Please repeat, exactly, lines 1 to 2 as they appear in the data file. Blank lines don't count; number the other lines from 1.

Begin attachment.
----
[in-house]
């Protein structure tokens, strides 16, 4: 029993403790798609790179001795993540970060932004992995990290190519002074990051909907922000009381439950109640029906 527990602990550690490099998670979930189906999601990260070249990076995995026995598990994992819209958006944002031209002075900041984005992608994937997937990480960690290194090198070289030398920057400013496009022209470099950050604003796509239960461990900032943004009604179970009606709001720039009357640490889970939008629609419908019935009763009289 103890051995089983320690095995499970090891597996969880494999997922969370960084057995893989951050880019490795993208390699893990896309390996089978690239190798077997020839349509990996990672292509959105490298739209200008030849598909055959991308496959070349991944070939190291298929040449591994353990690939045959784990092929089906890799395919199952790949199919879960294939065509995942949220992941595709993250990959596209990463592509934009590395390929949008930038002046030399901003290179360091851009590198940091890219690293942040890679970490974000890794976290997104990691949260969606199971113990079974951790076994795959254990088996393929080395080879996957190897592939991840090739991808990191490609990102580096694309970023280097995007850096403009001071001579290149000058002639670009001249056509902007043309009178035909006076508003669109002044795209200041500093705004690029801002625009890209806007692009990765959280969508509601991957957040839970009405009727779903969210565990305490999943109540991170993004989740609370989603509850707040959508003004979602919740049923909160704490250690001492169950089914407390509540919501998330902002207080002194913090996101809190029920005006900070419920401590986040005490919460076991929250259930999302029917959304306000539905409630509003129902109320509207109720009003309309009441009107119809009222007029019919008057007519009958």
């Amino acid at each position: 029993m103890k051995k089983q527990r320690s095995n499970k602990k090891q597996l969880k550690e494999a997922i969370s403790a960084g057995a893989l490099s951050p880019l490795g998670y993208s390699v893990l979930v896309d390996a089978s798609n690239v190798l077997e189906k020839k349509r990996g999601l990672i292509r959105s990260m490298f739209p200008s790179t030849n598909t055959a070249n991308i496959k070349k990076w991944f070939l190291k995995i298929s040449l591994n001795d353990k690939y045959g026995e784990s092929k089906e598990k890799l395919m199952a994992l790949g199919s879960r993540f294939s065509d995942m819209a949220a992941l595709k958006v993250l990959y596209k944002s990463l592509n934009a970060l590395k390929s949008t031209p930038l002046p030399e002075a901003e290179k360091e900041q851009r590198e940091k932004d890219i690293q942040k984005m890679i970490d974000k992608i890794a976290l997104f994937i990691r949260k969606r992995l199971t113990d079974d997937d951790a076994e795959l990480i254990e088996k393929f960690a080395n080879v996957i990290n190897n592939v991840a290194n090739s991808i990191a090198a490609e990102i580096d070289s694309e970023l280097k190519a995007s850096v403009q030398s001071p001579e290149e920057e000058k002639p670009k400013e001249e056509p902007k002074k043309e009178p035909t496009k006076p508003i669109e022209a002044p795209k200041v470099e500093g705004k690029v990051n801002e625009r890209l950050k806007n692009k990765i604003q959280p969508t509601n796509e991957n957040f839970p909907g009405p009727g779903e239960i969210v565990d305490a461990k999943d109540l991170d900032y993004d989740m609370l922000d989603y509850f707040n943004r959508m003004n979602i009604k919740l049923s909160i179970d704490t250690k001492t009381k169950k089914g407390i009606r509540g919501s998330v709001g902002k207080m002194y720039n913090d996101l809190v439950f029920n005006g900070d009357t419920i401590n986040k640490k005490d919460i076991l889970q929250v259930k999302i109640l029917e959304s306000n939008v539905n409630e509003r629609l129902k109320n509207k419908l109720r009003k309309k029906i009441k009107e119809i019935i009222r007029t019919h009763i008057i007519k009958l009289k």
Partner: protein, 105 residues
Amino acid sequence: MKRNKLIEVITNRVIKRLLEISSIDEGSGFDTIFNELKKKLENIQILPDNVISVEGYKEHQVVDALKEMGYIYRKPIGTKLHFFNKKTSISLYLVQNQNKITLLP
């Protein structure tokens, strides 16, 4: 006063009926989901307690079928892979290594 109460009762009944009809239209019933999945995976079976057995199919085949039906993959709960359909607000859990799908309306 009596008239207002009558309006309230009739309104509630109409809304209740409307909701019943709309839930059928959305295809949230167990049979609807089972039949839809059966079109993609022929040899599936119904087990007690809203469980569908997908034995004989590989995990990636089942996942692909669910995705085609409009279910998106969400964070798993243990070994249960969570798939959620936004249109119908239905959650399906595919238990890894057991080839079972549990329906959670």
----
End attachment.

[in-house]
């Protein structure tokens, strides 16, 4: 029993403790798609790179001795993540970060932004992995990290190519002074990051909907922000009381439950109640029906 527990602990550690490099998670979930189906999601990260070249990076995995026995598990994992819209958006944002031209002075900041984005992608994937997937990480960690290194090198070289030398920057400013496009022209470099950050604003796509239960461990900032943004009604179970009606709001720039009357640490889970939008629609419908019935009763009289 103890051995089983320690095995499970090891597996969880494999997922969370960084057995893989951050880019490795993208390699893990896309390996089978690239190798077997020839349509990996990672292509959105490298739209200008030849598909055959991308496959070349991944070939190291298929040449591994353990690939045959784990092929089906890799395919199952790949199919879960294939065509995942949220992941595709993250990959596209990463592509934009590395390929949008930038002046030399901003290179360091851009590198940091890219690293942040890679970490974000890794976290997104990691949260969606199971113990079974951790076994795959254990088996393929080395080879996957190897592939991840090739991808990191490609990102580096694309970023280097995007850096403009001071001579290149000058002639670009001249056509902007043309009178035909006076508003669109002044795209200041500093705004690029801002625009890209806007692009990765959280969508509601991957957040839970009405009727779903969210565990305490999943109540991170993004989740609370989603509850707040959508003004979602919740049923909160704490250690001492169950089914407390509540919501998330902002207080002194913090996101809190029920005006900070419920401590986040005490919460076991929250259930999302029917959304306000539905409630509003129902109320509207109720009003309309009441009107119809009222007029019919008057007519009958």